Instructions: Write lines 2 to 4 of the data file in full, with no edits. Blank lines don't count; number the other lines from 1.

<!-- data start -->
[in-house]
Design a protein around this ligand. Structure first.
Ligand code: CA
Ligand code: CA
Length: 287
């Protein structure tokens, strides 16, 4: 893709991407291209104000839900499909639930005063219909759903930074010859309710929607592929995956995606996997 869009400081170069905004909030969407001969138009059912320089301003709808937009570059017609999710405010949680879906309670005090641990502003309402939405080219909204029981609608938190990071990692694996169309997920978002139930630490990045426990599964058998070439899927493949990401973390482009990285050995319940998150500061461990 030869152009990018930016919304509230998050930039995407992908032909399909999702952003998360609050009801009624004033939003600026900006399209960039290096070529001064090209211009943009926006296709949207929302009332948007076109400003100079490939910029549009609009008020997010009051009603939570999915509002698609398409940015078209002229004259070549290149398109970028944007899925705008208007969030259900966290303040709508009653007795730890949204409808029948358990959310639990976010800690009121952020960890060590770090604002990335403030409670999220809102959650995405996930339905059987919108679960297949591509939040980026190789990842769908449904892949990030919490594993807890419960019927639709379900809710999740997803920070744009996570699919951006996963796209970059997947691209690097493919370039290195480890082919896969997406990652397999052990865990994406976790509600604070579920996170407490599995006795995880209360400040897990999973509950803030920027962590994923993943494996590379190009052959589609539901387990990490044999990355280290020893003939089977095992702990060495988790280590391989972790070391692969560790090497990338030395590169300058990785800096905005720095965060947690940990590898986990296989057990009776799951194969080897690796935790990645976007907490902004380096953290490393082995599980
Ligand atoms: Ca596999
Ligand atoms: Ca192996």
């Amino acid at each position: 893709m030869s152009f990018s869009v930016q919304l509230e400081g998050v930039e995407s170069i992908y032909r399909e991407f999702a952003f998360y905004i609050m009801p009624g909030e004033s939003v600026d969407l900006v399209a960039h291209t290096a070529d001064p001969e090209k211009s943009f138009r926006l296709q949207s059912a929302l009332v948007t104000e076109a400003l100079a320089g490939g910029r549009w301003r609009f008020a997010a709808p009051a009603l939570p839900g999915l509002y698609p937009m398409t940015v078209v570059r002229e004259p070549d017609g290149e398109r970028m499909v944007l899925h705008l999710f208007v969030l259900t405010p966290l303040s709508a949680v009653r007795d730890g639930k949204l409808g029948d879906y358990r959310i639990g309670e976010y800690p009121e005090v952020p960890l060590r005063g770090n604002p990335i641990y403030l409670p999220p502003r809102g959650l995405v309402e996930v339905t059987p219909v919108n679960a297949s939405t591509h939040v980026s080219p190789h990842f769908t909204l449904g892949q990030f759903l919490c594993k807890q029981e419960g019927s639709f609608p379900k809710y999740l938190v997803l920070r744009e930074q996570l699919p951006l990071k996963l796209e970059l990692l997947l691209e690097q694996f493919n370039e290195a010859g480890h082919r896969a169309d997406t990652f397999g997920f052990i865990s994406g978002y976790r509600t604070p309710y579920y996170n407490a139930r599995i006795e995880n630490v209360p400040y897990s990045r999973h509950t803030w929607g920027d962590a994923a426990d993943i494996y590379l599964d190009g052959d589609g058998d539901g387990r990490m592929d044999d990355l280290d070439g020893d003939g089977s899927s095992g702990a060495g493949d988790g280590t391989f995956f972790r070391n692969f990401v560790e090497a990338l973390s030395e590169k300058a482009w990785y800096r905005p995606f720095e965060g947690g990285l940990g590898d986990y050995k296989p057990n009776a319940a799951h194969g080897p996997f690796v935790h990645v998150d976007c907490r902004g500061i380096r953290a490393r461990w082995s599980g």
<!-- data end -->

Design a protein around this ligand. Structure first.
Ligand code: CA
Ligand code: CA